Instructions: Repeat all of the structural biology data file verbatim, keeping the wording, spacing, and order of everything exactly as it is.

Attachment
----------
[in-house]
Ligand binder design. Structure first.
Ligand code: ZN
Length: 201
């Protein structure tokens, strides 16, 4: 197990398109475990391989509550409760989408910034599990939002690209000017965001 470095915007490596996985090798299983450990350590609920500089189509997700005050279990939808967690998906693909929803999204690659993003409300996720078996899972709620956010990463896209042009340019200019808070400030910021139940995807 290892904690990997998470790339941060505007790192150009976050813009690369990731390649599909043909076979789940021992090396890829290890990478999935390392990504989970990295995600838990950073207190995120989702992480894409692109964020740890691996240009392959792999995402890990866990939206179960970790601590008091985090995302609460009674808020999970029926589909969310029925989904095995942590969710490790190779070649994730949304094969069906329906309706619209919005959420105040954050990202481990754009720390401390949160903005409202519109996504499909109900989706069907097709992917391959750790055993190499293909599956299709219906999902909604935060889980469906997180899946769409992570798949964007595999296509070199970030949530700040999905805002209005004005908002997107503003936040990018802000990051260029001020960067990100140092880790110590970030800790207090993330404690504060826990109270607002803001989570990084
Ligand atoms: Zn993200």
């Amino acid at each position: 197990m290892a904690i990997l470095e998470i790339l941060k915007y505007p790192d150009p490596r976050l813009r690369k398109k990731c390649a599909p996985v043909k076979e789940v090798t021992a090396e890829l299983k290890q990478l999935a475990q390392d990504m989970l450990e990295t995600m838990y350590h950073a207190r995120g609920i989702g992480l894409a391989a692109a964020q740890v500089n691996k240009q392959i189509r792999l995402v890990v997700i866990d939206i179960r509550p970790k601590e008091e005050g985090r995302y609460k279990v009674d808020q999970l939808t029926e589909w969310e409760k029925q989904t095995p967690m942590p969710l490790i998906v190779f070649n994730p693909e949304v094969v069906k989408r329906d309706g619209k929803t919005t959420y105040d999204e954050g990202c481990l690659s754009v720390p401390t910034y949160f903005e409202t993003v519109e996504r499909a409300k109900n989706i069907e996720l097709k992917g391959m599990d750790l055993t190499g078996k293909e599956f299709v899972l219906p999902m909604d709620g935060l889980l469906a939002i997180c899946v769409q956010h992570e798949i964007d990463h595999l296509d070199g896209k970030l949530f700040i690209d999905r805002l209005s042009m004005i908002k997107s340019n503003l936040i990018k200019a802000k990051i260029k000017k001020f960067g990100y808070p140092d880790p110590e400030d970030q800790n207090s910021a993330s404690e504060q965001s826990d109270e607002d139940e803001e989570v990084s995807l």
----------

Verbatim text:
[in-house]
Ligand binder design. Structure first.
Ligand code: ZN
Length: 201
């Protein structure tokens, strides 16, 4: 197990398109475990391989509550409760989408910034599990939002690209000017965001 470095915007490596996985090798299983450990350590609920500089189509997700005050279990939808967690998906693909929803999204690659993003409300996720078996899972709620956010990463896209042009340019200019808070400030910021139940995807 290892904690990997998470790339941060505007790192150009976050813009690369990731390649599909043909076979789940021992090396890829290890990478999935390392990504989970990295995600838990950073207190995120989702992480894409692109964020740890691996240009392959792999995402890990866990939206179960970790601590008091985090995302609460009674808020999970029926589909969310029925989904095995942590969710490790190779070649994730949304094969069906329906309706619209919005959420105040954050990202481990754009720390401390949160903005409202519109996504499909109900989706069907097709992917391959750790055993190499293909599956299709219906999902909604935060889980469906997180899946769409992570798949964007595999296509070199970030949530700040999905805002209005004005908002997107503003936040990018802000990051260029001020960067990100140092880790110590970030800790207090993330404690504060826990109270607002803001989570990084
Ligand atoms: Zn993200």
């Amino acid at each position: 197990m290892a904690i990997l470095e998470i790339l941060k915007y505007p790192d150009p490596r976050l813009r690369k398109k990731c390649a599909p996985v043909k076979e789940v090798t021992a090396e890829l299983k290890q990478l999935a475990q390392d990504m989970l450990e990295t995600m838990y350590h950073a207190r995120g609920i989702g992480l894409a391989a692109a964020q740890v500089n691996k240009q392959i189509r792999l995402v890990v997700i866990d939206i179960r509550p970790k601590e008091e005050g985090r995302y609460k279990v009674d808020q999970l939808t029926e589909w969310e409760k029925q989904t095995p967690m942590p969710l490790i998906v190779f070649n994730p693909e949304v094969v069906k989408r329906d309706g619209k929803t919005t959420y105040d999204e954050g990202c481990l690659s754009v720390p401390t910034y949160f903005e409202t993003v519109e996504r499909a409300k109900n989706i069907e996720l097709k992917g391959m599990d750790l055993t190499g078996k293909e599956f299709v899972l219906p999902m909604d709620g935060l889980l469906a939002i997180c899946v769409q956010h992570e798949i964007d990463h595999l296509d070199g896209k970030l949530f700040i690209d999905r805002l209005s042009m004005i908002k997107s340019n503003l936040i990018k200019a802000k990051i260029k000017k001020f960067g990100y808070p140092d880790p110590e400030d970030q800790n207090s910021a993330s404690e504060q965001s826990d109270e607002d139940e803001e989570v990084s995807l």